A year ago, Kristen Barnhart Peers ('18) received an email that offered the opportunity to achieve her longtime goal.
The creator of the children's book series Little People Big Dreams asked the Arlington-based artist if she would illustrate one of their books.
"I said, 'Of course,'" Peers says. "Illustrating a children's book has been my dream. I was ecstatic. It was hard to believe it was happening."
A month ago, Peers walked into her local Barnes & Noble store and looked at the copy of the Little People Big Dreams book about Iris Apfel, the 100-year-old flamboyant fashionista. The book complements Peers' work as a former illustrator at Frito-Lay and her popular Instagram account that features quirky, colorful artwork with positive messages. She said looking at the book was a surreal experience.
"I know, it's crazy," she says. "I never thought that would happen."
In fact, Peers only took one art class in high school and didn't like it.
"I was always an avid doodler," she says, noting she would draw on the back of tests. "I always had a creative spark, always making things."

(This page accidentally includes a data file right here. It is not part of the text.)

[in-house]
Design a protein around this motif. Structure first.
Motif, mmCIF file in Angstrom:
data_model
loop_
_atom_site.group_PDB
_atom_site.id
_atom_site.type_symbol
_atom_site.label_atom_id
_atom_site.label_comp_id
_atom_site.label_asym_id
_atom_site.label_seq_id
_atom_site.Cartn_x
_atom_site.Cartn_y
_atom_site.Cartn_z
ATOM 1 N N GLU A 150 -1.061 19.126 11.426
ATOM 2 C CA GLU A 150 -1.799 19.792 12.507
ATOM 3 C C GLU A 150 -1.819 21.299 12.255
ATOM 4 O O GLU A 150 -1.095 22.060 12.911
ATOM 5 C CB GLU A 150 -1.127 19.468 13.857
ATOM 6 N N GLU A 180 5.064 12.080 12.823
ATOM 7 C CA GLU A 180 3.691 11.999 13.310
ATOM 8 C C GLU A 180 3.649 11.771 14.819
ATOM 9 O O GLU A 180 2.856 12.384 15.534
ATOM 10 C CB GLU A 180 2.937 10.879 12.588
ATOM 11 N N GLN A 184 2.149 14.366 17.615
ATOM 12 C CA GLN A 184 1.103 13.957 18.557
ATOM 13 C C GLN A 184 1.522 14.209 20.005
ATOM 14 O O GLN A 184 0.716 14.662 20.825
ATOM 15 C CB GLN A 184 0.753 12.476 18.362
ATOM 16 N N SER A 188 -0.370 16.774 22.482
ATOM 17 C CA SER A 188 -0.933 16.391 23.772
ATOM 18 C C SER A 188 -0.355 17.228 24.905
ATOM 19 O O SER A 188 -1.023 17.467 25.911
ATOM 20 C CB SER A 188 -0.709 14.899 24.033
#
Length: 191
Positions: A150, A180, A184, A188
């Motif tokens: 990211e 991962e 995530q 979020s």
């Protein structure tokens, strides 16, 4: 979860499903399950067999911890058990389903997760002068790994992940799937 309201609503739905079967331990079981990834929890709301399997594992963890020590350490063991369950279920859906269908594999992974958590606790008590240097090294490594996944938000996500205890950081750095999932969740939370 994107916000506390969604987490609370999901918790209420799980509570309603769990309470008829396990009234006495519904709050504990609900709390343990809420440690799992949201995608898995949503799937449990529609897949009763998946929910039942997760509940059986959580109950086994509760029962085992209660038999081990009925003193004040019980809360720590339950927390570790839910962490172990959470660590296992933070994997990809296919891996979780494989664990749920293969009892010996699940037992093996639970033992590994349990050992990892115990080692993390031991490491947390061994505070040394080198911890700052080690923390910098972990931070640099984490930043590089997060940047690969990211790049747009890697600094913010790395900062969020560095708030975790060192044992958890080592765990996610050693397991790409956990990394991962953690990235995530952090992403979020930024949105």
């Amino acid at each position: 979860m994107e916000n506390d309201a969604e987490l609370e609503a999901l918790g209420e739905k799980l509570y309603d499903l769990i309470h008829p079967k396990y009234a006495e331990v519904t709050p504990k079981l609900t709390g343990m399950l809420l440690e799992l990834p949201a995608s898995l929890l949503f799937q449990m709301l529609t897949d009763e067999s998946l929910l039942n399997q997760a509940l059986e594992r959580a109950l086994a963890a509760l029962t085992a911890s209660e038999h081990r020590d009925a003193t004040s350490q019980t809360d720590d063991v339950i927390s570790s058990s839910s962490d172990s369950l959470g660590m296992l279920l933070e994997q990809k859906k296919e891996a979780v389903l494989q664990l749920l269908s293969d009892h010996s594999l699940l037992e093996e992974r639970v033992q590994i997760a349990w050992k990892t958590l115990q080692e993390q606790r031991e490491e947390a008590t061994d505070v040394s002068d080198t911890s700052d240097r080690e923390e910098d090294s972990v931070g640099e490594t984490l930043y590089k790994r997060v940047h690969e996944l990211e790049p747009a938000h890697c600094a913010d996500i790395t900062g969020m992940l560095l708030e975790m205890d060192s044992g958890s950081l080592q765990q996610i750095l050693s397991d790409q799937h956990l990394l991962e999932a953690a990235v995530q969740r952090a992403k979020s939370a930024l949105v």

She came across information about UNT's communication design program online, and it sounded like a perfect fit for her.
"While I was in that program, I kept drawing in lecture classes and that sparked that interest in illustration," she says.
Peers noted all the communication design professors each had their own way of pushing and helping her. In her senior year, the portfolio class required her to create her own campaign for a company, inspiring her to open an online shop with T-shirts and art prints.
After graduation, she worked as a freelancer before landing a position a Frito-Lay's D3 agency, which creates content for social media, TV commercials and ads. She focused on Lays, mixing photography and illustrated objects -- such as a jar of jalapeño dip that she reimagined as a swimming pool with the dip as water.
"I did have a lot of fun," she says. "I learned a lot of skills that I wouldn't have learned anywhere else."
In fact, that's where the Little People creator discovered her and offered her the Apfel gig.
Peers had watched a documentary on Apfel and scanned through many photos of her outfits that are documented on her Instagram account.
"It was a perfect fit," Peers says. "She's so colorful. She's so spunky and unique."
And to think it all started with her doodling.
"I think my Instagram is my back-of-my-test-sheet doodling now," she says. "It's a place you can upload anything really. It's a safe place for my doodles. I enjoy when people can laugh or relate to my drawings because we're all weird humans and we can all relate to the weird things we do in life."